by Levi W. Graham
CGG Weekly, November 22, 2019
"The things you pray about are the things you trust God to handle. The things you neglect to pray about are the things you trust you can handle on your own."
H.B. Charles, Jr.
Whenever a national holiday like Independence Day, Memorial Day, or Veterans Day comes around, we often see the familiar phrase, "Freedom isn't free" on bumper stickers or on signs along the roadway. It is a concise reminder that the freedom that we enjoy in the United States came not without cost: American lives were lost on many battlefields, the populace must work diligently to uphold the nation's principles, and our leaders must strive to ensure that this quality of life is not lost.
Sadly, time seems to be eroding this patriotic spirit. In our politics, where a generation ago, socialism was an errant idea to be driven out of American culture at all costs, it is now being lauded and pushed upon us from high places. Its supporters are seemingly ignorant of the horrible record of failure and destitution it has left in the nations where it has been implemented.
This is but one example of the law of futility. Paul writes more expansively in Romans 8:20-21 (The Amplified Bible):
For the creation (nature) was subjected to frailty (to futility, condemned to frustration), not because of some intentional fault on its part, but by the will of Him Who subjected it—[yet] with the hope that nature (creation) itself will be set free from its bondage to decay and corruption [and gain an entrance] into the glorious freedom of God's children.
Have we ever considered why creation is the way it is? Everywhere we look, we see this law of futility in action: weeds in our garden, soreness in our muscles, failure to master a skill, inability to change one hair from white to black by sheer force of will (Matthew 5:36). The more we consider most aspects of life, we find inadequacy present. Scientists developed a law to describe this reality: the Law of Entropy. It describes the fact that from the smallest atom to the most massive galaxy, matter is slowly marching toward a state of disorder.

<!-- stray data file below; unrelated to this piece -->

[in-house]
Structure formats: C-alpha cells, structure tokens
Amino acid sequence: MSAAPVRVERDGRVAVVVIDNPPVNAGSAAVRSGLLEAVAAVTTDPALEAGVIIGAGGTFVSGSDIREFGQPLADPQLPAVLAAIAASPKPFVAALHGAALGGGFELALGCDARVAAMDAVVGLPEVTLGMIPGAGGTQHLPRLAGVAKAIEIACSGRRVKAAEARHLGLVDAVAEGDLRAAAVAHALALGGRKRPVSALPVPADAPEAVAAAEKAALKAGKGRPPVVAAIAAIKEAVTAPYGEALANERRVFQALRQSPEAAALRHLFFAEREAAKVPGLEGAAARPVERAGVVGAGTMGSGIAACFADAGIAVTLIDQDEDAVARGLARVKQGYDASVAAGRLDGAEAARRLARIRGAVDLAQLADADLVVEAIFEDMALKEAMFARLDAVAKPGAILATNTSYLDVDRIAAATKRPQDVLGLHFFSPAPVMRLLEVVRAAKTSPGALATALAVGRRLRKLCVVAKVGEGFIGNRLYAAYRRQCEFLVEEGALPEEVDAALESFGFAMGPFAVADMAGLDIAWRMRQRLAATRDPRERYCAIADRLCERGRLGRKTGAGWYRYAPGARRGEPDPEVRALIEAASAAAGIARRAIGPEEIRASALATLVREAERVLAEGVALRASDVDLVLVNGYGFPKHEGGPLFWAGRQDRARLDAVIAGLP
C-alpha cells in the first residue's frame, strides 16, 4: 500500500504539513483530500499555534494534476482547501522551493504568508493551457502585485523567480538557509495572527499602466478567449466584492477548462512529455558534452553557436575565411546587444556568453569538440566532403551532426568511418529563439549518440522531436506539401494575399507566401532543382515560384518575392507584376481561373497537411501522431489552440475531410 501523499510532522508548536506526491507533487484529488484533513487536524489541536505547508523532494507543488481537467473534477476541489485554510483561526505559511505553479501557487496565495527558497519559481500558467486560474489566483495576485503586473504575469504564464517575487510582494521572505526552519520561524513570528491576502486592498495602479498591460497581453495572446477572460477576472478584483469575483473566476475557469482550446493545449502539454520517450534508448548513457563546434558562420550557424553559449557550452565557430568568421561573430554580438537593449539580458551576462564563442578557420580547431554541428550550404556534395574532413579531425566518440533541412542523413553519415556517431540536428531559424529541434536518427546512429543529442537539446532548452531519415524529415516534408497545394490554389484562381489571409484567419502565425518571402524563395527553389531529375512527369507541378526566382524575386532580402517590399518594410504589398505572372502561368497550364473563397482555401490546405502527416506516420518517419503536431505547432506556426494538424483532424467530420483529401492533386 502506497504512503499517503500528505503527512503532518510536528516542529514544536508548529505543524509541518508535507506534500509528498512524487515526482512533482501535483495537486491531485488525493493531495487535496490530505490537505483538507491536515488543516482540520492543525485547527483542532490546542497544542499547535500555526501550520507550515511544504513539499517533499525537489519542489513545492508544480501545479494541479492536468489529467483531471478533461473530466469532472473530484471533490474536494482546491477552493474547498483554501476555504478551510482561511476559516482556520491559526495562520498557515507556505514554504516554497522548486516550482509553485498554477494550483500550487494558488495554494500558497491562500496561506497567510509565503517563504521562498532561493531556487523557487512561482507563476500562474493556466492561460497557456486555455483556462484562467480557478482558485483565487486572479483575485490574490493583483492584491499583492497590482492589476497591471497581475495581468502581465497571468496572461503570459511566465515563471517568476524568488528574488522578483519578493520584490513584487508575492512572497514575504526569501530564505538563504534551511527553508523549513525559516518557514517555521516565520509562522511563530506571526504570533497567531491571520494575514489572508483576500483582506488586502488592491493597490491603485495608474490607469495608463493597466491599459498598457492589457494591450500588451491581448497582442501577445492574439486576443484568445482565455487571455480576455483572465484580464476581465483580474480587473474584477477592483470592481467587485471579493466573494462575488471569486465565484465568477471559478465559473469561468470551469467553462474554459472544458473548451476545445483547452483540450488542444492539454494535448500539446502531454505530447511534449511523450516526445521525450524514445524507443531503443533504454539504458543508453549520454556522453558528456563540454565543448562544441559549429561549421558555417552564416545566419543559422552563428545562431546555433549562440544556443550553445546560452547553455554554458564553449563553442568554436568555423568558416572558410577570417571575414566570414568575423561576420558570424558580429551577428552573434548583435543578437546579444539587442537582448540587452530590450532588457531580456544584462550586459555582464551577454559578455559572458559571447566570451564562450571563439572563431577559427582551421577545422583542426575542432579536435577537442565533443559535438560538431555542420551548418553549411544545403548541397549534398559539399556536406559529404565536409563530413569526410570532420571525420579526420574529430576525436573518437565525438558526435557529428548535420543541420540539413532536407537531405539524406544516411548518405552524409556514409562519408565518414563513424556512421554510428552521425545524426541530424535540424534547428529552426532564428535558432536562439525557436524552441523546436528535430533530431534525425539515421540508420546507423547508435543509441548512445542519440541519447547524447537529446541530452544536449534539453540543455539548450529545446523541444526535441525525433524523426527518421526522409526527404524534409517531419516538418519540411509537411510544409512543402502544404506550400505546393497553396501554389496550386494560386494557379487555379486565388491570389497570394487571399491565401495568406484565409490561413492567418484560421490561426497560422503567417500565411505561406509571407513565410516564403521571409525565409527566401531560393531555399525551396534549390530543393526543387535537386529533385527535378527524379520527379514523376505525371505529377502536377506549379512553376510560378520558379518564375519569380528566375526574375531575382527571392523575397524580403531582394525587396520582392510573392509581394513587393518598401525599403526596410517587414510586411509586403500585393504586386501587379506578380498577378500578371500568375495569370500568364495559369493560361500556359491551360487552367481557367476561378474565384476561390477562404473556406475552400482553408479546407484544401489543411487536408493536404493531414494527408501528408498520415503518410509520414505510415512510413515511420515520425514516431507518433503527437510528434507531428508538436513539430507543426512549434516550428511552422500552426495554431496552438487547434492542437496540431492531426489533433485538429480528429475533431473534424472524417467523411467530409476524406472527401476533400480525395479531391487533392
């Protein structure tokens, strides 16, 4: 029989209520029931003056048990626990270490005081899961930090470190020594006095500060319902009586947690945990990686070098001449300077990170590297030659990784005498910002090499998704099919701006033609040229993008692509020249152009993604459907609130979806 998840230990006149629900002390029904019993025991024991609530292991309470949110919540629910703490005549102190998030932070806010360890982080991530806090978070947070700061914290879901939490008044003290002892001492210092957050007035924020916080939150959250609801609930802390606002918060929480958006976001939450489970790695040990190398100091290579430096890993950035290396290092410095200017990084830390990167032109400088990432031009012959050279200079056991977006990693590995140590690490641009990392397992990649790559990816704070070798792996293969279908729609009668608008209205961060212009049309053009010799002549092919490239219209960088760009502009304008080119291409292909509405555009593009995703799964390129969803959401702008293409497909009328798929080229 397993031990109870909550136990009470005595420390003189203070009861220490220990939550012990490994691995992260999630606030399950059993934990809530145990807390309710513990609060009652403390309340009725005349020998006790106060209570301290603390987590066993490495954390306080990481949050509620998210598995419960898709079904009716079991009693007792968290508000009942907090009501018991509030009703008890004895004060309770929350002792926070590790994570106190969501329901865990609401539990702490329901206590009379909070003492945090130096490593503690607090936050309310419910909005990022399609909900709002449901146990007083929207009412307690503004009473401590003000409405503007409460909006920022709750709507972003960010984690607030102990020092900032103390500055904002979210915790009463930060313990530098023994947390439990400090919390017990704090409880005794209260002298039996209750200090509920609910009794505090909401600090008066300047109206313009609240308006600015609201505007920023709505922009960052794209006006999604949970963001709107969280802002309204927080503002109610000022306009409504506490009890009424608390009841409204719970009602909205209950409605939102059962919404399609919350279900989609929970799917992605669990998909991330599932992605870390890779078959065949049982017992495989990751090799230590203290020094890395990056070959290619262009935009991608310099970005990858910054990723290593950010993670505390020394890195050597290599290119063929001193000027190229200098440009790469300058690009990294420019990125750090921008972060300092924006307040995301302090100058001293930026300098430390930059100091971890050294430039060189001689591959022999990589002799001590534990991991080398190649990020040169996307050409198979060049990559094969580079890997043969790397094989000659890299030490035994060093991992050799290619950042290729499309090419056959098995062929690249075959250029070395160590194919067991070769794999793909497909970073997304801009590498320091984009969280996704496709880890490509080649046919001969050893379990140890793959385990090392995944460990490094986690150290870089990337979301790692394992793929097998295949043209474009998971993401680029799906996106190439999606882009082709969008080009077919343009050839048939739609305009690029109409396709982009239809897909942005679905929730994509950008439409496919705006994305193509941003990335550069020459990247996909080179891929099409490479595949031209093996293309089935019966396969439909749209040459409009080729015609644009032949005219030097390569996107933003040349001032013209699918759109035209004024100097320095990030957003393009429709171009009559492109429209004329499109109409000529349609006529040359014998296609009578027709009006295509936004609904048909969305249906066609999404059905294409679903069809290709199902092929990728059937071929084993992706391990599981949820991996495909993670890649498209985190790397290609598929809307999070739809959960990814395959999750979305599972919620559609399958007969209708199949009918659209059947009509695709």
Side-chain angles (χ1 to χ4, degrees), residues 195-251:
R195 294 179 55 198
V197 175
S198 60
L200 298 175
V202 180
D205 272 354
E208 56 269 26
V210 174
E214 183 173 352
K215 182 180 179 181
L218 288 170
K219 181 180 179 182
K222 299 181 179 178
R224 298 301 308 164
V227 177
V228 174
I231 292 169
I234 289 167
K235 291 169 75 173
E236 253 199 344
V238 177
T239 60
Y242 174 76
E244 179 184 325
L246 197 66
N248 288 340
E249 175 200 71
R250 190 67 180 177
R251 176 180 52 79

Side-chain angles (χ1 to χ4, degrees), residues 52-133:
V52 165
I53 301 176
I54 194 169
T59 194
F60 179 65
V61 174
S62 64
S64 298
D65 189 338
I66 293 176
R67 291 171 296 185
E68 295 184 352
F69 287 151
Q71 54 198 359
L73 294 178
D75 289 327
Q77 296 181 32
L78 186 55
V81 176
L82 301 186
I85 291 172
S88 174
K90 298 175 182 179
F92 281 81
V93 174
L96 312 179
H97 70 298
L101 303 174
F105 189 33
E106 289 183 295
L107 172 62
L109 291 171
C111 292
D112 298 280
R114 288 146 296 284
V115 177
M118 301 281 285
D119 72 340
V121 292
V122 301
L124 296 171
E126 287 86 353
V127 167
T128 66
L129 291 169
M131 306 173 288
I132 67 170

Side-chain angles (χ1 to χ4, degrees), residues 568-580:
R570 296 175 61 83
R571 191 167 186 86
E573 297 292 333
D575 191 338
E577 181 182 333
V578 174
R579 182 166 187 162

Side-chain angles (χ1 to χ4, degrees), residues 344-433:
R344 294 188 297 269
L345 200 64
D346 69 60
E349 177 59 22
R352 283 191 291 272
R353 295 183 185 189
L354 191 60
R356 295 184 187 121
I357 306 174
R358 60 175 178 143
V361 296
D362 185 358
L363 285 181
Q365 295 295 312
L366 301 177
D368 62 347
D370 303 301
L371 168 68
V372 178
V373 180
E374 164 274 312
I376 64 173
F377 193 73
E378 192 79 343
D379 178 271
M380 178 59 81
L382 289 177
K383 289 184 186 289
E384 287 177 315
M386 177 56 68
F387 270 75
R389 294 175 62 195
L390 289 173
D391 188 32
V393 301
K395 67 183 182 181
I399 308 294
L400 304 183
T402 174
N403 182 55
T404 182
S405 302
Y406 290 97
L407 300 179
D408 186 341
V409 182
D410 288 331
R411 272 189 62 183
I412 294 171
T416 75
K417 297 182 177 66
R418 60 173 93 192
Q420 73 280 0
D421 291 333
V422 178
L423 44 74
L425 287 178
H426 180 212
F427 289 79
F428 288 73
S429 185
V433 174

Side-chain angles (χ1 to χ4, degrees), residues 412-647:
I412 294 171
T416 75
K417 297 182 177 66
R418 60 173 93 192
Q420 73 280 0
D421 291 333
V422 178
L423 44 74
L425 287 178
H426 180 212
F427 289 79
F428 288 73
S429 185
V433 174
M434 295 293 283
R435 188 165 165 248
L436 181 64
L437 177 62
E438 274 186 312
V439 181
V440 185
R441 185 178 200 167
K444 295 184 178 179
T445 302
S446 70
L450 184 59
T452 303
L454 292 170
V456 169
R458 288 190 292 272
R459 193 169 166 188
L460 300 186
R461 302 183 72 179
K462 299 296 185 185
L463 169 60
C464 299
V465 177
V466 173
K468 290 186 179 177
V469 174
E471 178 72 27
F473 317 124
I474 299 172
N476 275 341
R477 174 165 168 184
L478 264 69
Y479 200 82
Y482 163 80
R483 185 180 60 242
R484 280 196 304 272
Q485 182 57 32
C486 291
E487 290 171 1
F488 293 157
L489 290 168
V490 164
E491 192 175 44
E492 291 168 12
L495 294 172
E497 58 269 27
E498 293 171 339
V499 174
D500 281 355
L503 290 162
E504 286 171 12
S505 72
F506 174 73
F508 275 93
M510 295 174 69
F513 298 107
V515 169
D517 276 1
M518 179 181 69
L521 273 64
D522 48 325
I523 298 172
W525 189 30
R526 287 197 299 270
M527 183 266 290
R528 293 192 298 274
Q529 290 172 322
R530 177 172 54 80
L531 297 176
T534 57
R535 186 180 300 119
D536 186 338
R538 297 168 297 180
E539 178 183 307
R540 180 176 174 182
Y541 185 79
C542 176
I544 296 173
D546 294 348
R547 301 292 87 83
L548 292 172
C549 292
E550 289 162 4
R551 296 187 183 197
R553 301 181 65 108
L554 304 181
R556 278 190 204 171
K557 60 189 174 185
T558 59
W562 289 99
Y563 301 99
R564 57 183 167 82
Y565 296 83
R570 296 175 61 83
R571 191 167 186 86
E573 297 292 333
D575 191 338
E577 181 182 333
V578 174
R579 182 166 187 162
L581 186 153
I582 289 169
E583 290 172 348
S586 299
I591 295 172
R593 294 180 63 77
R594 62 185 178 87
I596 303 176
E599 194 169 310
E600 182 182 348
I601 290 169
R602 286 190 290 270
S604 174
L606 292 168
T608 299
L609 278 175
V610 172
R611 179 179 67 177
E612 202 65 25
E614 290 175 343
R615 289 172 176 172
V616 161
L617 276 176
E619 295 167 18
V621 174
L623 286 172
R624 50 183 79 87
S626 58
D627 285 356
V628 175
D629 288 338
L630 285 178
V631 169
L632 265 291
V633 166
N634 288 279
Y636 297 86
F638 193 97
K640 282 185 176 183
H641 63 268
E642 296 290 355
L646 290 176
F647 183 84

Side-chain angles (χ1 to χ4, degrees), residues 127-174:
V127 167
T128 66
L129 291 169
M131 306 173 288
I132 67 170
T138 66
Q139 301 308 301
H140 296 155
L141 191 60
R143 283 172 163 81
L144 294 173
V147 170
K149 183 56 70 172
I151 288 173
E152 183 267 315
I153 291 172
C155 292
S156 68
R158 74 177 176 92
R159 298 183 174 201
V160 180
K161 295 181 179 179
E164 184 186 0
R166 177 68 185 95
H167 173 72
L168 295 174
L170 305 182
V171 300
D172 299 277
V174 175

However, when we consider this truth in the light of God's sovereignty, which is the ultimate reality, we can only conclude that there must be a purpose for all this overwhelming futility.
Jesus said, "Without Me you can do nothing" (John 15:5; emphasis ours). Consider this in tandem with Romans 8:20-21. Since the grass continues to grow, it must be cut. Our bellies grow hungry, so they must be fed. Food must be eaten before it spoils and goes to waste. In this physical life, we chase futility constantly, and it is a wearying task. Yet, Scripture says that God in His wisdom purposefully subjected us and all of creation to these things.
As this is true on the physical plane, it is also true for us in our spiritual activities. We cannot simply be baptized and become "once saved, always saved," as this world's Christianity champions. We must "work out [our] own salvation with fear and trembling" as God works in us (Philippians 2:12-13). We cannot pray once for all time and have it suffice; we must continually seek God, "praying always" (Ephesians 6:18). The same is true of Bible study, meditation, fasting, and obedience. Nor can we accomplish anything godly of our own will, by our own resources. The power to change and overcome belongs to God, who gives it through His Spirit (see Ephesians 1:19; 6:10; II Timothy 1:7; Luke 10:19).